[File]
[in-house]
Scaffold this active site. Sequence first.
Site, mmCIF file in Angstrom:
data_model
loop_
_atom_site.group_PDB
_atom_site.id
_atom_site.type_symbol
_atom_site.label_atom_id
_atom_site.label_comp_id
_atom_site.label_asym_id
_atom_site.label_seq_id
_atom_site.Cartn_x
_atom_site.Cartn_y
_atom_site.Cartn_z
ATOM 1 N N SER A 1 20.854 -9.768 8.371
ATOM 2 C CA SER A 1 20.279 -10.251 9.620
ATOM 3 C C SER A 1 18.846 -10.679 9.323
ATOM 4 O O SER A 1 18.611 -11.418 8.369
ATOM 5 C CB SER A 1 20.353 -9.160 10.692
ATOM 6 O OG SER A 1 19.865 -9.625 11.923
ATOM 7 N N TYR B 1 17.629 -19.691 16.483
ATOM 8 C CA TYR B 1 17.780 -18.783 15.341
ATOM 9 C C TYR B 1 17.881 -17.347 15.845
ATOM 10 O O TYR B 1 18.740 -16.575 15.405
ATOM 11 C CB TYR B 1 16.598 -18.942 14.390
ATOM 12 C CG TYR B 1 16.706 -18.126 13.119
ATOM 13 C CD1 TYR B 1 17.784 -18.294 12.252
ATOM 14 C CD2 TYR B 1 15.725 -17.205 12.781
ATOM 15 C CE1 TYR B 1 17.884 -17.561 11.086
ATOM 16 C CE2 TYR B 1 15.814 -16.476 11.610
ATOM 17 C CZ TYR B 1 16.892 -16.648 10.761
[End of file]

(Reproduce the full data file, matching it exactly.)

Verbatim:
[in-house]
Scaffold this active site. Sequence first.
Site, mmCIF file in Angstrom:
data_model
loop_
_atom_site.group_PDB
_atom_site.id
_atom_site.type_symbol
_atom_site.label_atom_id
_atom_site.label_comp_id
_atom_site.label_asym_id
_atom_site.label_seq_id
_atom_site.Cartn_x
_atom_site.Cartn_y
_atom_site.Cartn_z
ATOM 1 N N SER A 1 20.854 -9.768 8.371
ATOM 2 C CA SER A 1 20.279 -10.251 9.620
ATOM 3 C C SER A 1 18.846 -10.679 9.323
ATOM 4 O O SER A 1 18.611 -11.418 8.369
ATOM 5 C CB SER A 1 20.353 -9.160 10.692
ATOM 6 O OG SER A 1 19.865 -9.625 11.923
ATOM 7 N N TYR B 1 17.629 -19.691 16.483
ATOM 8 C CA TYR B 1 17.780 -18.783 15.341
ATOM 9 C C TYR B 1 17.881 -17.347 15.845
ATOM 10 O O TYR B 1 18.740 -16.575 15.405
ATOM 11 C CB TYR B 1 16.598 -18.942 14.390
ATOM 12 C CG TYR B 1 16.706 -18.126 13.119
ATOM 13 C CD1 TYR B 1 17.784 -18.294 12.252
ATOM 14 C CD2 TYR B 1 15.725 -17.205 12.781
ATOM 15 C CE1 TYR B 1 17.884 -17.561 11.086
ATOM 16 C CE2 TYR B 1 15.814 -16.476 11.610
ATOM 17 C CZ TYR B 1 16.892 -16.648 10.761